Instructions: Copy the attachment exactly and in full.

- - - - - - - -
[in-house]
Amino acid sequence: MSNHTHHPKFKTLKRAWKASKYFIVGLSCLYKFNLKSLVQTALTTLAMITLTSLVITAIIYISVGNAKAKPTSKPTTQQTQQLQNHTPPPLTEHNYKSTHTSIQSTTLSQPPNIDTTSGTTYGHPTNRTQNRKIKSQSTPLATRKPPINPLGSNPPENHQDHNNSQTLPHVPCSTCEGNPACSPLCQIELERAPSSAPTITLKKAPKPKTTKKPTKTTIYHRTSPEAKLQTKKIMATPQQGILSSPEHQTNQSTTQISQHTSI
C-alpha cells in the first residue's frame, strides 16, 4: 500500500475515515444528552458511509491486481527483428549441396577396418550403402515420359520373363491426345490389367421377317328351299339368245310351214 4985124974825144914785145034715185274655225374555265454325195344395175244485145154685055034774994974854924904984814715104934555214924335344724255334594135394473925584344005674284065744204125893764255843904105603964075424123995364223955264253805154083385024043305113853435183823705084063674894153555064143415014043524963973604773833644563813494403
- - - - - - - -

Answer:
[in-house]
Amino acid sequence: MSNHTHHPKFKTLKRAWKASKYFIVGLSCLYKFNLKSLVQTALTTLAMITLTSLVITAIIYISVGNAKAKPTSKPTTQQTQQLQNHTPPPLTEHNYKSTHTSIQSTTLSQPPNIDTTSGTTYGHPTNRTQNRKIKSQSTPLATRKPPINPLGSNPPENHQDHNNSQTLPHVPCSTCEGNPACSPLCQIELERAPSSAPTITLKKAPKPKTTKKPTKTTIYHRTSPEAKLQTKKIMATPQQGILSSPEHQTNQSTTQISQHTSI
C-alpha cells in the first residue's frame, strides 16, 4: 500500500475515515444528552458511509491486481527483428549441396577396418550403402515420359520373363491426345490389367421377317328351299339368245310351214 4985124974825144914785145034715185274655225374555265454325195344395175244485145154685055034774994974854924904984814715104934555214924335344724255334594135394473925584344005674284065744204125893764255843904105603964075424123995364223955264253805154083385024043305113853435183823705084063674894153555064143415014043524963973604773833644563813494403